A rare genetic defect that can trigger a host of diseases from type 1 diabetes to alopecia has helped explain the imbalance of immune regulator and killer cells in autoimmune disease.
Mutation in the Aire gene causes APS1, a disease causing two out of three problems – an underactive parathyroid, yeast infection of the skin and/or mucous membrane and adrenal gland insufficiency – by age 5 and up to 16 autoimmune diseases over a lifetime.
The same mutation causes a defect in iNKT cells, a type of regulatory cell that helps the immune system fight infections while suppressing errant T cells bent on attacking the body, Medical College of Georgia researchers say.
This finding opens new pathways for treating or preventing APS1, or autoimmune polyglandular syndrome type 1, and potentially other autoimmune diseases as well, researchers report in the June issue of Nature Medicine.
“The body should maintain a balance between killing and suppression,” says Dr. Qing-Sheng Mi, immunologist and lead and co-senior author. “If you are killing too hard, it can induce autoimmune disease. If you regulate suppression too hard, you can get cancer. iNKT cells help maintain a healthy balance. But patients with autoimmune disease may not have enough functional iNKT cells.”
“Aire controls the development and function of iNKT cells,” says Drs. Jin-Xiong She, director of the MCG Center for Biotechnology and Genomic Medicine and co-senior author. “This relationship means that iNKT cells are critical to most autoimmune diseases and manipulating the iNKT cell population is one possible way to cure autoimmune disease.”
A lipid purified from sea plants, called alpha-GalCer, is already under study as a way to boost iNKT cell numbers and fight autoimmune disease as well as cancer. iNKT cells’ reactivity to alpha-GalCer, prompted the scientists to use it as a marker to examine the status of these cells in a mouse missing the Aire gene. That Aire knockout is a good model for humans with APS1.
They found significantly fewer iNKT cells in the thymus, spleen, liver and bone marrow and severely impaired maturation of those cells in mice missing the Aire gene. And the mice given alpha-GalCer had significantly reduced autoantibody production.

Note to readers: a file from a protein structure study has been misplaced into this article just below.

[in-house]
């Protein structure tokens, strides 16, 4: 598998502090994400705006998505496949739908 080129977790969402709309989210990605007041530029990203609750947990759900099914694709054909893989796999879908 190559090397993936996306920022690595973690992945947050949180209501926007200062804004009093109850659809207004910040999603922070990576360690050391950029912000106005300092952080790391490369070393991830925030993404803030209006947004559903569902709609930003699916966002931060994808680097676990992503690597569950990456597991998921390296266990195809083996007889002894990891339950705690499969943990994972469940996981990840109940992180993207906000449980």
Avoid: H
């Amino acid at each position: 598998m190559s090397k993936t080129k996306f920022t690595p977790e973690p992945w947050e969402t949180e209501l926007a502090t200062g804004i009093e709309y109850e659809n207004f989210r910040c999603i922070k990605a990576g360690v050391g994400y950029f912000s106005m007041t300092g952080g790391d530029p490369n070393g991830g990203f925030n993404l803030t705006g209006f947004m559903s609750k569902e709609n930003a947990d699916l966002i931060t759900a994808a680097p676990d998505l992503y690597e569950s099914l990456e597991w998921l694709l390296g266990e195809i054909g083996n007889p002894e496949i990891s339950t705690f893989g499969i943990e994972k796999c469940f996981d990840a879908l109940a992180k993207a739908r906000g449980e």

In 2001, Dr. Terry L. Delovitch and his colleagues at Canada’s Robarts Research Institute, including Dr. Mi, reported in Nature Medicine that using alpha-GalCer to boost iNKT cells and re-establish a healthy balance of good and bad immune cells prevented development of type 1 diabetes in an animal model for the disease.
But Drs. Mi and She say new iNKT boosters likely are needed because the action of alpha-GalCer somehow depends on individual genetic architecture as well as other factors. Under certain conditions, the drug can help or worsen an autoimmune disease by producing good or bad cytokines. That’s why it also has worked for some cancers and why a modified version of the glycolipid or totally different drugs may work better, Dr. She says. “By understanding more, we are better able to come up with better targets,” he says.
“iNKT development is still the big question,” says Dr. Mi. “Not only how they develop, but how they develop properly.”
The researchers watched the key regulatory cells come out of the bone marrow and go to the thymus where all T cells go for a process of positive and negative selection and maturation. Positive selection eliminates cells that are dysfunctional. Negative selection is eliminating T-cells that recognize the body’s own proteins, Dr. She says.
Other researchers recently confirmed that the Aire gene is involved in negative selection by controlling some protein expression in the thymus, Dr. Mi says. The thymus is supposed to express most body proteins so any T cells that would react to them can be eliminated through negative selection, he says. “But Aire’s role in protein expression is not sufficient to explain all the clinical symptoms of patients with APS1,” Dr. Mi says. “The Aire gene must have other immune functions.”
iNKT cells also go through a development process but via a somewhat different path than that of other T cells. MCG researchers have learned medullary epithelial cells in the thymus are critical to proper iNKT cell development. A defective Aire gene disrupts this natural nurturing relationship by disrupting medullary epithelial cell function, leading to insufficient numbers of iNKT cells.
“Whether or not you develop autoimmune disease to a large degree depends on the balance of these bad T cells that recognize the body’s own protein and regulatory T cells,” Dr. She says. “It’s all about balance.”
Dr. Mi received a Junior Faculty Travel Award from the American Association of Immunologists for the iNKT research during the association’s annual meeting in May.
The research was supported by the American Diabetes Association, the Juvenile Diabetes Research Foundation, the National Institutes of Health and the Canadian Institutes of Health Research.
Co-authors include Drs. Zhong-Bin Deng, Sunil K. Jushi, Zai-Zhai Wang, Li Zhou, Sarah Eckenrode, Ratnmani Joshi as well as Bing Yi from MCG and Dr. Delovitch and Ph.D candidate Dalam Ly from the Robarts Research Institute and the University of Western Ontario.
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